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The Seattle Sounders had a short experience as Major League Soccer's first representative at the Club World Cup after a 1-0 loss to Al Ahly Saturday eliminated them from the competition, but it was still a performance to remember for the Cascadia club. Coming out of the gates, it was clear that Al Ahly was the team in the middle of their season, in rhythm and creating early chances but the Sounders were able to rebound settling into the match. Neither team could test the keepers until late on, however, when Mohamed Afsha scored the eventual winner from outside the box to avoid extra time and secure a date with Real Madrid.

As the match wore on, it became clear which team is undefeated and in the middle of their season and which was only playing their third match of 2023 and first competitive match before the MLS season kicks off on February 26. The second half was a disjointed one, but to Seattle's credit, despite the scheduling challenges, they still came to the Club World Cup and competed like a team that was supposed to be there.

Al Ahly has a potent attack. After rolling over Auckland City in their first match and squeaking by the Sounders they've now scored four goals in the tournament but the Egyptian side's goal Saturday came their only shot on target against the Sounders, a deflected one at that. Unfortunately, one shot is all that it took to see the Sounders out of the competition.

It brings up familiar schedule issues that MLS has faced before. The league runs from February through November or December instead of on a traditional August through May schedule. With the travel and weather constraints in America, there are fair reasons why the league runs this way, but it does put them behind the eight ball when it comes to competing on the continental and world stage. No league has teams flying the distance from Miami to Vancouver before turning around to go to Boston on a Wednesday while experiencing an entirely different climate in each area. Teams in European competitions occasionally face journeys that are equally long but when they return to league play, the lengthy trips subside.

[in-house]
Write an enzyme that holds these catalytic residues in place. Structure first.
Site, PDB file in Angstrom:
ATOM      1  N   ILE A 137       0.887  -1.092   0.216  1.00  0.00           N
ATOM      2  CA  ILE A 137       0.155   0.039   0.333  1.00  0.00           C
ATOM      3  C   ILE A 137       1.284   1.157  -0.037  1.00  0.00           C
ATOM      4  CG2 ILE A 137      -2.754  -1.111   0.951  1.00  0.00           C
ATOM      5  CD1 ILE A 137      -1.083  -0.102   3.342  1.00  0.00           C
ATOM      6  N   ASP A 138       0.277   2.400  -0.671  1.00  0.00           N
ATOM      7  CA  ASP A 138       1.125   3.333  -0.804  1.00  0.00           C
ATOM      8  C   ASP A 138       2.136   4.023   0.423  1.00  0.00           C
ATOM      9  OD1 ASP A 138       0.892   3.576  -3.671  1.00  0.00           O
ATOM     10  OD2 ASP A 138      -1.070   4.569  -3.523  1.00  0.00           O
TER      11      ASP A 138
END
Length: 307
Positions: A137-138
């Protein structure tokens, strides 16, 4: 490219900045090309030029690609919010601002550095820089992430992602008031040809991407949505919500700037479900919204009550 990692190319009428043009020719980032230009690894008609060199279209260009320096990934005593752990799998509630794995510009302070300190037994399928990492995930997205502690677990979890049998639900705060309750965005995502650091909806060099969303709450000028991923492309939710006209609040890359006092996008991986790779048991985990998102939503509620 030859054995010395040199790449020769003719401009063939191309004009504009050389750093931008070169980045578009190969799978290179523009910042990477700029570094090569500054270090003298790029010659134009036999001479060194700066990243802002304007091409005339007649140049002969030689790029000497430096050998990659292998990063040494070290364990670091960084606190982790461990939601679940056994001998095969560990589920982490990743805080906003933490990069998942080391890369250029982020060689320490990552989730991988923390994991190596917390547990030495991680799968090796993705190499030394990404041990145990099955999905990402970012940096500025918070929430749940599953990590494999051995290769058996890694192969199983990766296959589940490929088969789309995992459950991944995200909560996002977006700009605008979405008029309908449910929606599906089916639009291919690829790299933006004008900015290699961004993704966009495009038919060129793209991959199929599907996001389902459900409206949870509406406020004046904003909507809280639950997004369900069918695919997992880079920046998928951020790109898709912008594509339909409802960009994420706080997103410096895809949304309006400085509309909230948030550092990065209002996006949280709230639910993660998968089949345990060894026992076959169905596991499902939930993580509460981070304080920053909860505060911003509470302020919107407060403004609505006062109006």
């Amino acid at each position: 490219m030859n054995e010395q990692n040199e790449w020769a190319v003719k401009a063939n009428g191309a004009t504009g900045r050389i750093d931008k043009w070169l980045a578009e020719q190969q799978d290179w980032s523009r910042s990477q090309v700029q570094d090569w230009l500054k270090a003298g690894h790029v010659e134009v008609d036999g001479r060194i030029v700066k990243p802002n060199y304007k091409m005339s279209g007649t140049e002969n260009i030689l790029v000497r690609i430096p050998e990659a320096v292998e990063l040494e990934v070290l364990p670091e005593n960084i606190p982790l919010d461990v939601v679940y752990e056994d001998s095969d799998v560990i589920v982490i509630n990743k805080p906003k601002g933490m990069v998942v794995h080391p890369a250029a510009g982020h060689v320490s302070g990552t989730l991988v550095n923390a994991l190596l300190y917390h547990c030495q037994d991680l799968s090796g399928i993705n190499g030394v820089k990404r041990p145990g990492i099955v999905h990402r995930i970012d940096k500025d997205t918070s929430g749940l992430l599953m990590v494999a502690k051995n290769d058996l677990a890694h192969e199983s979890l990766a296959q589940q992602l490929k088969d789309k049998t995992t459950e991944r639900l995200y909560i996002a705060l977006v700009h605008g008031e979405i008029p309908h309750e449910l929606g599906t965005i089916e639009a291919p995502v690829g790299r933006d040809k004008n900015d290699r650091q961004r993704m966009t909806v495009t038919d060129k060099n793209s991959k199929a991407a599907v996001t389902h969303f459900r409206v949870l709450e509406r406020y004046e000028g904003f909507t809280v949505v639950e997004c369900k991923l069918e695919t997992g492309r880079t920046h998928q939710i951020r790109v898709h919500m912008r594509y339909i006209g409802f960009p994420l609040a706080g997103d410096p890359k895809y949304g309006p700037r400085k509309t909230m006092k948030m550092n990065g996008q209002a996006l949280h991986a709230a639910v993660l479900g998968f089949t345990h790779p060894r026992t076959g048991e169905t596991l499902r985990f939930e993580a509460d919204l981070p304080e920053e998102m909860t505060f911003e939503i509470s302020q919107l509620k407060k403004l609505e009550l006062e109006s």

Similar scheduling issues have plagued MLS teams in the early rounds of Concacaf Champions League, but that was something that the Sounders overcame to win the tournament last season. Now, with joint competition coming with CONMEBOL and Concacaf teams combined, MLS sides will get used to this level of competition on short rest which will only be a good thing for teams moving forward.

This is the first foray for MLS into the Club World Cup and it was a valuable experience. The match for the Sounders may have ended in disappointment but looking like you belong while still in the preseason is absolutely a positive. Next up is incremental progress and the pie-in-the-sky dream is eventually winning the tournament. With the growth that Major League Soccer has experienced, there's no reason that can't happen in the future.